It took me two attempts to read this book. The first time, I read a few of the stories and then put the book to one side. Given that I was already aware of Sedaris's reputation as a great comic writer, having to set the book aside was both disappointing and frustrating. I couldn't quite put my finger on what exactly I didn't like about it. Over the next few months the book kept 'nodding' at me from the 'to be read' pile until I eventually decided to start reading again from the start to see if I could get into the book properly. After the first few stories it became clear to me why I had disliked the book the first time around. There was a certain 'manufactured' quality to some of the stories as if he had deliberately set out to make something funny even if, in itself, it was not intrinsically funny. There was an exaggerated quality to man of the stories which I found irritating. After a while I got used to the style and some of the stories I had disliked at the first sitting started to grow on me.

There are seventeen stories in this collection -some of which are quite good and often entertaining. But at no stage was I in convulsions laughing at the humour. In common with a few of the other reviewers I too was dismayed to read of people laughing out loud at some of the stories. The funniest ones, to me, were 'Get Your Ya-Ya's Out' and 'Dinah The Christmas Whore'. These were very engaging and well-written. However, the title story 'Naked' was far too long and ended up being tedious.

For me, Sedaris displayed much more impressive skill when he dealt with more serious subject-matter. He seemed to be on much firmer ground and more compelling. The story 'Ashes' about his mother's impending death from cancer manages effortlessly to be both funny and very poignant. I finished it wanting to read more stories in this style rather than the forced style of a lot of the other stories.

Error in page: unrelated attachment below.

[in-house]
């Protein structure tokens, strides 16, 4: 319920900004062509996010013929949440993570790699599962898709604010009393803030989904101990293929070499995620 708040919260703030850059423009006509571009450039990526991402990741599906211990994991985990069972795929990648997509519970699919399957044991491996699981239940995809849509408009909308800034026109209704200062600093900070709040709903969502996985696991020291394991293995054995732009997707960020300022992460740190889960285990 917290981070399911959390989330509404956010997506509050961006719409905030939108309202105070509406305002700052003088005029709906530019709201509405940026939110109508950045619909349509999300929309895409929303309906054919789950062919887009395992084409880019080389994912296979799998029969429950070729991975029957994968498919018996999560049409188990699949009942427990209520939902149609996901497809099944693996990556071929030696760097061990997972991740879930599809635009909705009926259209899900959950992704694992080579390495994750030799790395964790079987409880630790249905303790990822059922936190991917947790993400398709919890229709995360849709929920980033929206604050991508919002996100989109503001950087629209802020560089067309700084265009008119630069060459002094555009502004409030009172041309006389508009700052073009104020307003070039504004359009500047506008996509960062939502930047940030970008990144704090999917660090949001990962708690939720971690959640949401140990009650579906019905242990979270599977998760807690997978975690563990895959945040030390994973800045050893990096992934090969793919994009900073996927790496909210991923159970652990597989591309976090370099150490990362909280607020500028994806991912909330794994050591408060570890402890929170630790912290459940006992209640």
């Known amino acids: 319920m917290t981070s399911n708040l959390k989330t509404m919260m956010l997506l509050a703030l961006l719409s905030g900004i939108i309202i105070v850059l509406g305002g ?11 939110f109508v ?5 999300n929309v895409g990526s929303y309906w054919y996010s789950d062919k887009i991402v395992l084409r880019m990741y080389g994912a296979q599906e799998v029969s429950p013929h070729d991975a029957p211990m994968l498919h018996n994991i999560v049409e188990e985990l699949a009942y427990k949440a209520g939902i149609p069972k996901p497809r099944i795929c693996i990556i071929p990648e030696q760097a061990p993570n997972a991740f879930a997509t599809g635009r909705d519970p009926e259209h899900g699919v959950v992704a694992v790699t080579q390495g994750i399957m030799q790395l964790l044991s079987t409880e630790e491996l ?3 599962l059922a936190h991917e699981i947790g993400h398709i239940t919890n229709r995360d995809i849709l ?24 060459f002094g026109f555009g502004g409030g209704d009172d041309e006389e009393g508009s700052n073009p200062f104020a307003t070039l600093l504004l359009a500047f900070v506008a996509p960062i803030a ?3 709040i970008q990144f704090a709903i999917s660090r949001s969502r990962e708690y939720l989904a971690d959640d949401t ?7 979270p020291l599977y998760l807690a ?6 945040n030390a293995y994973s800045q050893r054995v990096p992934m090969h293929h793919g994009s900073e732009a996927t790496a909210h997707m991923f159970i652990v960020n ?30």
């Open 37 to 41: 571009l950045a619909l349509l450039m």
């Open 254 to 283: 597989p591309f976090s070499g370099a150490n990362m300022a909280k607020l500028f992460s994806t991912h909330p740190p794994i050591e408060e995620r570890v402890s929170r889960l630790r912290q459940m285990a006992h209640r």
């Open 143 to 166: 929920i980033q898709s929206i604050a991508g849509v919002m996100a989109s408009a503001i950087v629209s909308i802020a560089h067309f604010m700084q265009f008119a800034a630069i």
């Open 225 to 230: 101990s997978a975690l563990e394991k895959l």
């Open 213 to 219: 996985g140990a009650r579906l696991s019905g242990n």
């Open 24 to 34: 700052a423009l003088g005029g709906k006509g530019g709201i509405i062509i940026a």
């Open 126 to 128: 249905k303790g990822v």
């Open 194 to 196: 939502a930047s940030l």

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Format: Paperback Verified Purchase
Naked, published in 1997 is the second book by David Sedaris I have read having read Me Talk Pretty One Day, a later work, some years ago. All of Sedaris' work comprises of anecdotal, autobiographical short stories. A comic writer many of his stories are genuinely hilarious, but comedy is a personal taste thing and I found the stories overall in this one less amusing than I did the previous book I'd read, which isn't to say that was the case with every story.

In this book Sedaris tackles such diverse topics as his time on a nudist colony, his Greek grandmother, his volunteerism in a psychiatric hospital, his sister Lisa's friendship with a prostitute, a pornographic novel discovered in their home, Lisa's first period and her marriage, and his childhood issues with his homosexuality and OCD among others.

I felt when reading 'Me Talk Pretty One Day' that Sedaris' childhood made anyone's seem dull and tame, and 'Naked' expands on this, the man's life is full of incident and wild stories to tell at dinner parties, whilst what happens to David the majority of the time is unfortunate and often cringeworthy, you feel slightly envious that he had all these experiences. It beats the heck out of childhood Saturdays spent traipsing around garden centres.

The funniest stories this time round for me were 'The Drama Bug' a story in which Sedaris becomes taken with Shakespeare and begins to address his family in Shakespearean Language, which genuinely made me laugh aloud, The Women's Open : the story of Lisa's first period which distinguishes itself for Lisa's reaction to her father in the car.